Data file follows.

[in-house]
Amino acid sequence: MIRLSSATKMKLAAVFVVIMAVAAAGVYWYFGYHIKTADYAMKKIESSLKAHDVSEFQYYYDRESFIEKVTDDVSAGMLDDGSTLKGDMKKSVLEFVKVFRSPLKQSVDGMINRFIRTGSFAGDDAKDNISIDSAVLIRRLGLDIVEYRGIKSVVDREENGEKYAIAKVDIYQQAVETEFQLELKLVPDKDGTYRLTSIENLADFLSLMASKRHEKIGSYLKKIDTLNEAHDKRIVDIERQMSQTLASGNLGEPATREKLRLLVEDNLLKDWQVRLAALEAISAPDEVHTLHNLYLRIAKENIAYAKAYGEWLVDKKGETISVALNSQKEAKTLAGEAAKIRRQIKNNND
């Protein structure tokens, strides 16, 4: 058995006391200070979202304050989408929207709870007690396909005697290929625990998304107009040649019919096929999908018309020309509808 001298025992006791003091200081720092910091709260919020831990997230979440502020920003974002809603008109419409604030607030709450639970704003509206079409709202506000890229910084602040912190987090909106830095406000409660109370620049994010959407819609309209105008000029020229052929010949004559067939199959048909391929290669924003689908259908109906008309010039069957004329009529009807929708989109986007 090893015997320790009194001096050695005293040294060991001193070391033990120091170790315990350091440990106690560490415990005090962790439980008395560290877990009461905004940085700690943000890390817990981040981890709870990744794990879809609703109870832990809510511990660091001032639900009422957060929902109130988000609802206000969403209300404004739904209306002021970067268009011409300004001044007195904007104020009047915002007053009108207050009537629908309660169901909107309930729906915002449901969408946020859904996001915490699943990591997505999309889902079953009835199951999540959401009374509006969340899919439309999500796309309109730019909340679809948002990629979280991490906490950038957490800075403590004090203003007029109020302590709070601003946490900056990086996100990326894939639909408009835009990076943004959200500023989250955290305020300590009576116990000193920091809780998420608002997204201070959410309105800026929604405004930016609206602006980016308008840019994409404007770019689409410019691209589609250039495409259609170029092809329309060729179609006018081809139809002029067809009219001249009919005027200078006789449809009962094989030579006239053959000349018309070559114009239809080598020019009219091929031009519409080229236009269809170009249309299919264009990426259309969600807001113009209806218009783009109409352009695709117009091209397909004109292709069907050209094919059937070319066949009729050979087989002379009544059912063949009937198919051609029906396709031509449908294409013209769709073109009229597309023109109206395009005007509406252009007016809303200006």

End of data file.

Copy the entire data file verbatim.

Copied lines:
[in-house]
Amino acid sequence: MIRLSSATKMKLAAVFVVIMAVAAAGVYWYFGYHIKTADYAMKKIESSLKAHDVSEFQYYYDRESFIEKVTDDVSAGMLDDGSTLKGDMKKSVLEFVKVFRSPLKQSVDGMINRFIRTGSFAGDDAKDNISIDSAVLIRRLGLDIVEYRGIKSVVDREENGEKYAIAKVDIYQQAVETEFQLELKLVPDKDGTYRLTSIENLADFLSLMASKRHEKIGSYLKKIDTLNEAHDKRIVDIERQMSQTLASGNLGEPATREKLRLLVEDNLLKDWQVRLAALEAISAPDEVHTLHNLYLRIAKENIAYAKAYGEWLVDKKGETISVALNSQKEAKTLAGEAAKIRRQIKNNND
């Protein structure tokens, strides 16, 4: 058995006391200070979202304050989408929207709870007690396909005697290929625990998304107009040649019919096929999908018309020309509808 001298025992006791003091200081720092910091709260919020831990997230979440502020920003974002809603008109419409604030607030709450639970704003509206079409709202506000890229910084602040912190987090909106830095406000409660109370620049994010959407819609309209105008000029020229052929010949004559067939199959048909391929290669924003689908259908109906008309010039069957004329009529009807929708989109986007 090893015997320790009194001096050695005293040294060991001193070391033990120091170790315990350091440990106690560490415990005090962790439980008395560290877990009461905004940085700690943000890390817990981040981890709870990744794990879809609703109870832990809510511990660091001032639900009422957060929902109130988000609802206000969403209300404004739904209306002021970067268009011409300004001044007195904007104020009047915002007053009108207050009537629908309660169901909107309930729906915002449901969408946020859904996001915490699943990591997505999309889902079953009835199951999540959401009374509006969340899919439309999500796309309109730019909340679809948002990629979280991490906490950038957490800075403590004090203003007029109020302590709070601003946490900056990086996100990326894939639909408009835009990076943004959200500023989250955290305020300590009576116990000193920091809780998420608002997204201070959410309105800026929604405004930016609206602006980016308008840019994409404007770019689409410019691209589609250039495409259609170029092809329309060729179609006018081809139809002029067809009219001249009919005027200078006789449809009962094989030579006239053959000349018309070559114009239809080598020019009219091929031009519409080229236009269809170009249309299919264009990426259309969600807001113009209806218009783009109409352009695709117009091209397909004109292709069907050209094919059937070319066949009729050979087989002379009544059912063949009937198919051609029906396709031509449908294409013209769709073109009229597309023109109206395009005007509406252009007016809303200006």